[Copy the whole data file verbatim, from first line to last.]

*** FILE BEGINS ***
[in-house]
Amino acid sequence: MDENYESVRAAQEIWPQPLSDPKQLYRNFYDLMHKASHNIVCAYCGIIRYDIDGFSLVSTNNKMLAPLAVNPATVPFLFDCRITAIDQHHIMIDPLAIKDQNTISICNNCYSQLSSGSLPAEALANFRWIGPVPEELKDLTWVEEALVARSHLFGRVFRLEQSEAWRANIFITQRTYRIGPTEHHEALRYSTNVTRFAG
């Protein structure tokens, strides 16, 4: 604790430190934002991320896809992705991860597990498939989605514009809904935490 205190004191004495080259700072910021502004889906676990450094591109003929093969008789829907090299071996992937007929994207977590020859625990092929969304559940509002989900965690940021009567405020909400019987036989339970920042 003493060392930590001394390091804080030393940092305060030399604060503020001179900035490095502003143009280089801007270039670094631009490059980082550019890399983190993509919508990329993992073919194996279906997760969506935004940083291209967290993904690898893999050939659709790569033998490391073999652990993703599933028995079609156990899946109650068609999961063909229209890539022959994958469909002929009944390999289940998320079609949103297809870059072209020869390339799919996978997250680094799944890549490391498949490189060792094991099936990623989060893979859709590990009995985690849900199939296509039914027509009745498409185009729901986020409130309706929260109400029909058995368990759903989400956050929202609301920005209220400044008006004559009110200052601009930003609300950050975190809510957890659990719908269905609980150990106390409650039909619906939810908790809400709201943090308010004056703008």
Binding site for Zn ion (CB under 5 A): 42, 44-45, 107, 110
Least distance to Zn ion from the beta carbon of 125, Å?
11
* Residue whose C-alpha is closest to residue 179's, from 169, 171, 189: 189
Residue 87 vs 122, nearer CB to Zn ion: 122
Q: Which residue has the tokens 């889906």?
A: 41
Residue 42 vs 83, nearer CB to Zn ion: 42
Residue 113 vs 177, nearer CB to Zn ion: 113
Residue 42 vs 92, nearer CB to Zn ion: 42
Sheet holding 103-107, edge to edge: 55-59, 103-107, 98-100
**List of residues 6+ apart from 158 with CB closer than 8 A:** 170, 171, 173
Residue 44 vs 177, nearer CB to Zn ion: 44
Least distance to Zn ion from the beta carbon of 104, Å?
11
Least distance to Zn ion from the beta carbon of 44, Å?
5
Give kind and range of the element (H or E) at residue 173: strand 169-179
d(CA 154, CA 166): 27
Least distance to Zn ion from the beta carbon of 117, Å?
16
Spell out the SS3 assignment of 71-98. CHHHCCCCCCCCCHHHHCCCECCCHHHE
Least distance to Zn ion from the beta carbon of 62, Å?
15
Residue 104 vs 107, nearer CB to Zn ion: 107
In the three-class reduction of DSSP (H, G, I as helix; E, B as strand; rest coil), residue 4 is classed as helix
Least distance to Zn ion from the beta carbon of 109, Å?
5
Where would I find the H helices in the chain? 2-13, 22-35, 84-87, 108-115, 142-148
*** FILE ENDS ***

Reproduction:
[in-house]
Amino acid sequence: MDENYESVRAAQEIWPQPLSDPKQLYRNFYDLMHKASHNIVCAYCGIIRYDIDGFSLVSTNNKMLAPLAVNPATVPFLFDCRITAIDQHHIMIDPLAIKDQNTISICNNCYSQLSSGSLPAEALANFRWIGPVPEELKDLTWVEEALVARSHLFGRVFRLEQSEAWRANIFITQRTYRIGPTEHHEALRYSTNVTRFAG
């Protein structure tokens, strides 16, 4: 604790430190934002991320896809992705991860597990498939989605514009809904935490 205190004191004495080259700072910021502004889906676990450094591109003929093969008789829907090299071996992937007929994207977590020859625990092929969304559940509002989900965690940021009567405020909400019987036989339970920042 003493060392930590001394390091804080030393940092305060030399604060503020001179900035490095502003143009280089801007270039670094631009490059980082550019890399983190993509919508990329993992073919194996279906997760969506935004940083291209967290993904690898893999050939659709790569033998490391073999652990993703599933028995079609156990899946109650068609999961063909229209890539022959994958469909002929009944390999289940998320079609949103297809870059072209020869390339799919996978997250680094799944890549490391498949490189060792094991099936990623989060893979859709590990009995985690849900199939296509039914027509009745498409185009729901986020409130309706929260109400029909058995368990759903989400956050929202609301920005209220400044008006004559009110200052601009930003609300950050975190809510957890659990719908269905609980150990106390409650039909619906939810908790809400709201943090308010004056703008």
Binding site for Zn ion (CB under 5 A): 42, 44-45, 107, 110
Least distance to Zn ion from the beta carbon of 125, Å?
11
* Residue whose C-alpha is closest to residue 179's, from 169, 171, 189: 189
Residue 87 vs 122, nearer CB to Zn ion: 122
Q: Which residue has the tokens 């889906």?
A: 41
Residue 42 vs 83, nearer CB to Zn ion: 42
Residue 113 vs 177, nearer CB to Zn ion: 113
Residue 42 vs 92, nearer CB to Zn ion: 42
Sheet holding 103-107, edge to edge: 55-59, 103-107, 98-100
**List of residues 6+ apart from 158 with CB closer than 8 A:** 170, 171, 173
Residue 44 vs 177, nearer CB to Zn ion: 44
Least distance to Zn ion from the beta carbon of 104, Å?
11
Least distance to Zn ion from the beta carbon of 44, Å?
5
Give kind and range of the element (H or E) at residue 173: strand 169-179
d(CA 154, CA 166): 27
Least distance to Zn ion from the beta carbon of 117, Å?
16
Spell out the SS3 assignment of 71-98. CHHHCCCCCCCCCHHHHCCCECCCHHHE
Least distance to Zn ion from the beta carbon of 62, Å?
15
Residue 104 vs 107, nearer CB to Zn ion: 107
In the three-class reduction of DSSP (H, G, I as helix; E, B as strand; rest coil), residue 4 is classed as helix
Least distance to Zn ion from the beta carbon of 109, Å?
5
Where would I find the H helices in the chain? 2-13, 22-35, 84-87, 108-115, 142-148